Itev. Dr. Odenback were engaged to bo
paid for out of the exigency fund of
tho bureau. He declares this to be un
lawful, as there is no provision In tho
appropriation for the weather bureau
which permits such expenditures for
selsmographical information of this
character. Attorney General Wicker
sham forwarded the charges to the
agricultural department, but made no
WANTED, A FINGER.
Wealthy Woman Offers to Pay Liber
ally For a New Digit.
Mrs. Reginald Waldorf of Phlladel-
I phia, a rich young widow and nccom
1 pllshed musician, Is willing to pay sev
eral thousand dollars for a new index
finger. She is now recuperating from
the effects of an operation by which
her right forefinger was amputated
after becoming Infected by an acci
dental cut with a rusty knife. She
has advertised for a finger and is
willing to pay liberally.
Mrs. Waldorf feared that she could
never play piano or organ again when
Bho found that sho must part with her
finger. Now, howover, she Is taking
hope. A plaster cast of the left index
finger has been made and accurate di
mensions taken, and Dr. West says he
is going to find a linger.
Here Is tho kind of finger Mrs. Wal
Index finger of right hand length, 3
inches, distance from finger tip to
palm; thumb Joint 2 7-10 inches; prox
imal Joint 2 inches in circumfer
ence; middle Joint 2 5-10 Inches In
circumference; distal Joint 1 1-10 Inch
es in circumference.
Notice Is hereby given that appli
cation will be made to the Governor
of the State of Pennsylvania, on the
7th day of August, 1911, at 2
o'clock p. m. under tho Act of As
sembly of the Commonwealth of
Pennsylvania, entitled, "An Act to
provide for the Incorporation and
regulation of certain corporations,"
approved April 29, 1874, and tho
supplements thereto, for the charter
for an Intended corporation to be
called "Wayne Development Com
pany" the character and object of
which is for the purpose of erecting
and constructing dams and reser
voirs in the State of Pennsylvania,
and for that purpose to acquire land,
remove and dispose of any timber
and do all other things necessary
and incident to the construction of
dams and reservoirs, and for these
purposes to have, possess and enjoy,
all the rights, benefits and privil
eges, of said Act of Assembly and
LAURENCE H. WATRES,
603 Connell Building, Scranton, Fa.
NOTICE OF INCORPORATION.
Notice is hereby given that an
application will be made to the
Governor of Pennsylvania, on the
4th day of August, 1911, by W. J.
Hopkins, W. J. Cramer, R. Wonna
cott, Z. A. Wonnacott, F. R. Var
coo, W. W. Plerson, and D. W. Hull,
under tho act of Assembly approved
April 29, 1874, entitled "An act to
provide for the incorporation and
regulation of certain corporations"
and the supplements thereto, for tho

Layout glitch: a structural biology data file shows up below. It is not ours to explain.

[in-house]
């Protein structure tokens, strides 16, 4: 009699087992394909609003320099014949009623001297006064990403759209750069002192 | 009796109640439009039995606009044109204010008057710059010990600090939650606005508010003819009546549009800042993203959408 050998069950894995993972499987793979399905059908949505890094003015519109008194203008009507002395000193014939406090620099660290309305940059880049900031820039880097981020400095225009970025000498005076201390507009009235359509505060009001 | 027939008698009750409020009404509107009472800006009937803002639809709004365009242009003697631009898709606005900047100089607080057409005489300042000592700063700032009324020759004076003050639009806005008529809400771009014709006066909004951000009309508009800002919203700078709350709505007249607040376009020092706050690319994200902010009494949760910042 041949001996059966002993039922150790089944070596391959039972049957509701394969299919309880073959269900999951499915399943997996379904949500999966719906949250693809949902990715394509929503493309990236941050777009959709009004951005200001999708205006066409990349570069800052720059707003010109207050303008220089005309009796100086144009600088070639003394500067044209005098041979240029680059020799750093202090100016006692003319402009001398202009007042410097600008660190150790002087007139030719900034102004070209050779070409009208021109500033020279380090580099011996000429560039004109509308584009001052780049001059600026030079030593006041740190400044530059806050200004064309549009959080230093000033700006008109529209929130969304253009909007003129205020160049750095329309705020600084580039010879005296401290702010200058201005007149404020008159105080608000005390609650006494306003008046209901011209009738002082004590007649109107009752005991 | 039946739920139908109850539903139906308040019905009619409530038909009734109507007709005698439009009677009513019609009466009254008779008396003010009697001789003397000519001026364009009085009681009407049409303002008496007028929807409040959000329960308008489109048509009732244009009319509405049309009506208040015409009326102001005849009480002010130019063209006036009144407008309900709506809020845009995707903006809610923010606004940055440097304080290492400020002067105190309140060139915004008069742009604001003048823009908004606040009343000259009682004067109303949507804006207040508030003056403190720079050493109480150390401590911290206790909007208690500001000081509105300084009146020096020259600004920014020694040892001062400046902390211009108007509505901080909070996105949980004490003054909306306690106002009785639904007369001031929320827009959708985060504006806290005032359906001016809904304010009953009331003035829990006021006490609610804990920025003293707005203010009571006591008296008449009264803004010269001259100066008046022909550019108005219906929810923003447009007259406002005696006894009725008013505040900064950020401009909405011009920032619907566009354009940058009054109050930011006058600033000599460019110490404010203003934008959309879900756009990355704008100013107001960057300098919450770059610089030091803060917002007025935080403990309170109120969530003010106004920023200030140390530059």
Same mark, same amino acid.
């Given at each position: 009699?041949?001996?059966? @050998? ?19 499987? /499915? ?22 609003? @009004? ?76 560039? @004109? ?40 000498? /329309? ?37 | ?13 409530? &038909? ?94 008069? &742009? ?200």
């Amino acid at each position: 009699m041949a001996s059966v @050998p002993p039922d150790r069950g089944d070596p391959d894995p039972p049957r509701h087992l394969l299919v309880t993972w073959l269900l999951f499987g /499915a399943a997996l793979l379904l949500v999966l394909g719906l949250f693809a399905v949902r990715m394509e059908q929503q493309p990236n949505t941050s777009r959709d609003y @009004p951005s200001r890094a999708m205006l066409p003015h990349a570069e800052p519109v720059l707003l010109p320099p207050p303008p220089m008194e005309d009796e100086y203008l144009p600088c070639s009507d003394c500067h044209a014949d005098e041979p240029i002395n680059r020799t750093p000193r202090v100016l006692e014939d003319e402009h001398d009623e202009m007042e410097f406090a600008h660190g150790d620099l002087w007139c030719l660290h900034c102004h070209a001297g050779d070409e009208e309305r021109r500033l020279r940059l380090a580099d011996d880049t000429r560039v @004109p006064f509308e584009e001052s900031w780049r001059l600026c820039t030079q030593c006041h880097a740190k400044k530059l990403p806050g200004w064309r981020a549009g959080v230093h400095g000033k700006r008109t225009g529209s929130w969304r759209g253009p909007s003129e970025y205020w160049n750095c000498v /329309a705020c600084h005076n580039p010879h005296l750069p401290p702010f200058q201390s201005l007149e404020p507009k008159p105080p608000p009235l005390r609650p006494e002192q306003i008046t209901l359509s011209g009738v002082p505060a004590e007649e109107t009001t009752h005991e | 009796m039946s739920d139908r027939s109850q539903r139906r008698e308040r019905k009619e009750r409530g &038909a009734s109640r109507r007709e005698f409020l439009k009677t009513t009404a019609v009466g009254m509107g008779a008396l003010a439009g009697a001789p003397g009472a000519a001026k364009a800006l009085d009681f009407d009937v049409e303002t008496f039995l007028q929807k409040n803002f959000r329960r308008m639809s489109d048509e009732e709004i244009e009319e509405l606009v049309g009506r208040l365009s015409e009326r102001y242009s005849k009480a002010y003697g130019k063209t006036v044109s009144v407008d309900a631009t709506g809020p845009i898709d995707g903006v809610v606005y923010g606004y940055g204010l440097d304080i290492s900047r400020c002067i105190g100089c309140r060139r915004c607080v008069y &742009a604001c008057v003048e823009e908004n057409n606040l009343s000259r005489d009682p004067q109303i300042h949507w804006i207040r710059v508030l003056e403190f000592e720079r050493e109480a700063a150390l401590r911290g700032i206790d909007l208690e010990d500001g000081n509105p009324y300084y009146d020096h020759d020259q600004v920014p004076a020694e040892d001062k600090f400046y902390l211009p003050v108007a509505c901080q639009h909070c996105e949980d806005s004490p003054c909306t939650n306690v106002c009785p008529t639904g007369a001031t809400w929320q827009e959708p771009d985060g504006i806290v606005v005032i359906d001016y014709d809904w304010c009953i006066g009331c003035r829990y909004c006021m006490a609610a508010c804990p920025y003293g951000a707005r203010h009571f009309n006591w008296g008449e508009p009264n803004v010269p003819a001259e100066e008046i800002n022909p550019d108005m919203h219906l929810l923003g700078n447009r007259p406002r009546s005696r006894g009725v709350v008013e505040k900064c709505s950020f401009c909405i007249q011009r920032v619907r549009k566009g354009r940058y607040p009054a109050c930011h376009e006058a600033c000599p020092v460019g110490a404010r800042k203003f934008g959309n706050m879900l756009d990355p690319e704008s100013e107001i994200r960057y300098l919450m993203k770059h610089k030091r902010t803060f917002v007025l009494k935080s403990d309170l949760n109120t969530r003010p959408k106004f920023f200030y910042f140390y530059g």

charter of an Intended corporation
to bo called the "Waymart Improve
ment Company," the character and
object of which is the purchase and
sale of real estate, for holding, leas
ing, mortgaging, selling and Improv
ing real estate, and for these pur
poses to havo and possess and en
Joy all tho rights, henoflts and privi
leges of the said act of Assembly
and its supplements.
E. C. 1IUMFORD, Solicitor.
Honesdale, Pa., July 6, 1911.
Estate of Anne Delezenne, late of
the borough of Honesdale, Pa.,
All persons Indebted to the said
estate are notified to make Immedi
ate payment to the undersigned; and
those haying claims against the eald
estate are notified to present them
duly attested for settlement
HOMER GREENE, Executor.
Honesdale, July 10, 1911.
SHERIFF'S SALE OF VALUABLE
REAL ESTATE. By virtue of
process issued out of the Court of
Common Pleas of Wayne county, and
State of Pennsylvania, and to me
directed and delivered, I havo levied
on and will expose to public sale, at
the Court House in Honesdale, on
MONDAY, AUGUST 14, AT 2 I M.
All the defendant's right, title,
and interest in tho following de
scribed property viz:
All that certain piece or parcel of
land situated in the Borough of
Honesdale, county of Wayne and
State of Pennsylvania, bounded and
described as follows: Beginning at a
point in tho northwestern line of Hill
street 160 feet distance from the in
tersection of the said line of West
street; thenco along the northern
lino of Hill street south 39 degrees
west 50 feet to a corner; thence In
a northwesterly direction nt right
angles with the aforesaid line of
Hill street and along lands of said
Reitnauer about 130 feet to Rock
street; thence along Rock street 32
and degrees east about 50 feet to
a corner of land of Emma Tolley;
thence in a southeasterly direction
along the line of Emma Tolley about
140 feet to the place of beginning.
Containing more or less. Being lot
No. 4, on the map made by Lewis
Collins for Wary H. Wood.
Upon the above described prem
ises is a two-story frame dwelling
house with modern improvements
and a two-story frame shop, which
can be easily changed Into a dwell
Also all that certain piece or par
cel of land situated In the village
of Seelyville, township of Texas,
Wayne county, Pennsylvania, hound
ed and described as follows: Begin
ning in the western line of a lane or
alley to a post and north east corner
of W. L. Ferguson lot; by land of W.
L. Ferguson, August Smith and
Charles H. Smith south 21 degrees
west (old bearings) 200 feet to a
corner of a stone wall; thence by
land of said Charles Smith and fol
lowing a stone wall north 19 de
grees west 111 feet to a corner of a
stone wall; thence by land of Jacob
'Mackley and following a stono wall